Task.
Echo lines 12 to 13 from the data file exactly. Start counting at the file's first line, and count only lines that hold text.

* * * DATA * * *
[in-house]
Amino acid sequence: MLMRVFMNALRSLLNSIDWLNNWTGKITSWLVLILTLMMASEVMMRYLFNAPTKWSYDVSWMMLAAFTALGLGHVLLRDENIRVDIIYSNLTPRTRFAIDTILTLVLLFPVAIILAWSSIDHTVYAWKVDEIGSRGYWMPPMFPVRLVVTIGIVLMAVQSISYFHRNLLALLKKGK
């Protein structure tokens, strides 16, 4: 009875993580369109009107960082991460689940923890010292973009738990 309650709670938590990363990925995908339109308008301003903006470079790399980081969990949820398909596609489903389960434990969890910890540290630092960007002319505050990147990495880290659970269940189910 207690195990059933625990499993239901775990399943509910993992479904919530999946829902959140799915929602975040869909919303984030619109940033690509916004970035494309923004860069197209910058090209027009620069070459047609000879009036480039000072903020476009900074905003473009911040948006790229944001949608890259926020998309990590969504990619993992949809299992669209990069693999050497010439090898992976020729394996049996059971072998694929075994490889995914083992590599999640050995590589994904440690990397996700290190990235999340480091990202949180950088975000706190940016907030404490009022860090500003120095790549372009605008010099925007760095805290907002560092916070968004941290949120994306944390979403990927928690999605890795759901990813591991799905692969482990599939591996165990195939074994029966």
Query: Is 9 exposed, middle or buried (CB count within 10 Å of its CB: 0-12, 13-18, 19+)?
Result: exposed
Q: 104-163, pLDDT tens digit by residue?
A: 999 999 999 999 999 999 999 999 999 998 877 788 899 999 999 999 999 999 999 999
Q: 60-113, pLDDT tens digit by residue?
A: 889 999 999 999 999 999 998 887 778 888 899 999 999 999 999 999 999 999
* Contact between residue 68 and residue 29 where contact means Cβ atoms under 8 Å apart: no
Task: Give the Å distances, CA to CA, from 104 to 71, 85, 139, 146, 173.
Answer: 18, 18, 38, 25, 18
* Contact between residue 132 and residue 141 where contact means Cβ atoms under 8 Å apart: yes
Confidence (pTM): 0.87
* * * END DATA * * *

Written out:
Answer: 18, 18, 38, 25, 18
* Contact between residue 132 and residue 141 where contact means Cβ atoms under 8 Å apart: yes